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    Best Place to Get Credit Report

    Normally, I get my 3-in-1 from Equifax. Of course, now they have included advanced plans that help with credit monitoring and alerts. It is been awhile since my last report and I'm thinking about getting another one.

    Is it worth it to upgrade? It just sucks that now there is a business built on protecting you from online thieves

    Thoughts?

    #2
    The ONLY place to get your free credit report is annualcreditreport.com. You can get one free report per year from each bureau so what many people do is pull one every 4 months rotating through the 3 companies.
    Steve

    * Despite the high cost of living, it remains very popular.
    * Why should I pay for my daughter's education when she already knows everything?
    * There are no shortcuts to anywhere worth going.

    Comment


      #3
      Dsteve is right - also try CreditSesame.com or CreditKarma.com for free estimates on your credit scores.

      Comment


        #4
        Just get one free report every 4 months from annualcreditreport.com.

        Comment


          #5
          Easy enough! Thanks!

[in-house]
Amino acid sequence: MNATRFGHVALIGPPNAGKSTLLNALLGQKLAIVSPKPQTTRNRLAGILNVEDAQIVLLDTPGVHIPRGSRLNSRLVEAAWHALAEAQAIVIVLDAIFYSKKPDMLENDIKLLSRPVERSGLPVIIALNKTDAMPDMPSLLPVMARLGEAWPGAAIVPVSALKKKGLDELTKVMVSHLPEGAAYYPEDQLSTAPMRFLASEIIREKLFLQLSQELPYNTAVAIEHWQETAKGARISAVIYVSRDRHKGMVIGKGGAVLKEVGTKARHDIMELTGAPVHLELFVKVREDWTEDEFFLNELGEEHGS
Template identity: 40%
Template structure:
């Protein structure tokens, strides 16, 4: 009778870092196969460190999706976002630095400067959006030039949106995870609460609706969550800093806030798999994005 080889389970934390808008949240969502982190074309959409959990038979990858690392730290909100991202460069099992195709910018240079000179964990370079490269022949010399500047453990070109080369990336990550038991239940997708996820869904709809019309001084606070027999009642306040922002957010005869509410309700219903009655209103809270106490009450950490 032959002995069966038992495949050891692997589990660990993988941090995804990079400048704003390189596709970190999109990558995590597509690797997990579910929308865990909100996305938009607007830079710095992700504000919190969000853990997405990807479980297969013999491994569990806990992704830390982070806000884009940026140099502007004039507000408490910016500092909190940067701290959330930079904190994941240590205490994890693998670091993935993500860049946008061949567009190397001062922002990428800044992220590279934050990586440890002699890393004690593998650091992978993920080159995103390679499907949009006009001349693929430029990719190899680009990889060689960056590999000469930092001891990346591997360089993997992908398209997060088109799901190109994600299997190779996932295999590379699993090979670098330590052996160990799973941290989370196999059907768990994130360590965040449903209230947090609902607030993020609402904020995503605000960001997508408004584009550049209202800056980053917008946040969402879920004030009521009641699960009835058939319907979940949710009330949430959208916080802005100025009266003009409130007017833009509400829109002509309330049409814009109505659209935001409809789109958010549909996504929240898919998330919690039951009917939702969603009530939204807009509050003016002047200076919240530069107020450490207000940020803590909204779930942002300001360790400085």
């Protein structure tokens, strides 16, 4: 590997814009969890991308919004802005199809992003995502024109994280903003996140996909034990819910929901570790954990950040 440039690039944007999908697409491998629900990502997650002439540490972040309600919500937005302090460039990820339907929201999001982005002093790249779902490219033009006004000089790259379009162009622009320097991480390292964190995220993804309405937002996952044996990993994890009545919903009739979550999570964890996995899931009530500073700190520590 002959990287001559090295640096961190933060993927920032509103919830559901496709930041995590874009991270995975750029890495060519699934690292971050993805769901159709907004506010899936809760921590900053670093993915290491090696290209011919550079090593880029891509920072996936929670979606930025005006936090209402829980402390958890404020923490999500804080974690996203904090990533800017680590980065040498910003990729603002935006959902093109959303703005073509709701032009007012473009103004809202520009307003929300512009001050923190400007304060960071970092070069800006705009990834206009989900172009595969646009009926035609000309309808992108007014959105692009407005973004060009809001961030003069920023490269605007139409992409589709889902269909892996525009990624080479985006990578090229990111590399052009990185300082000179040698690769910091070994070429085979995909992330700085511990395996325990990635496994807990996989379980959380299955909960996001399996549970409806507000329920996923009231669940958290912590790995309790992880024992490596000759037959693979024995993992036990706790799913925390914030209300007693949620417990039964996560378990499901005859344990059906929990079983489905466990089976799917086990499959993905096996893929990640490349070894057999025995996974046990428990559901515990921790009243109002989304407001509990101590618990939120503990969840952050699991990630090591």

Comment


            #6
            a good place to start for this is by going to your citizens advice bureau where they will be able to guide you as to where you need to go - if not then someone like Experian is a good company to go with.

            Comment


              #7
              Originally posted by Nightfly View Post
              Dsteve is right - also try CreditSesame.com or CreditKarma.com for free estimates on your credit scores.
              Nightfly, do you have any sense for how accurate those estimates of the credit scores are?

              Comment


                #8
                Originally posted by ez1 View Post
                Nightfly, do you have any sense for how accurate those estimates of the credit scores are?
                CreditKarma pulls data from your TransUnion report while CreditSesame pulls from your Experian report. The credit score estimates are based on a scale similar to FICO, and in most cases should give you a general idea of where your true FICO scores might stand. My point is they're pretty good, but they're still "FAKO" scores. Don't rely on them for anything other than informational purposes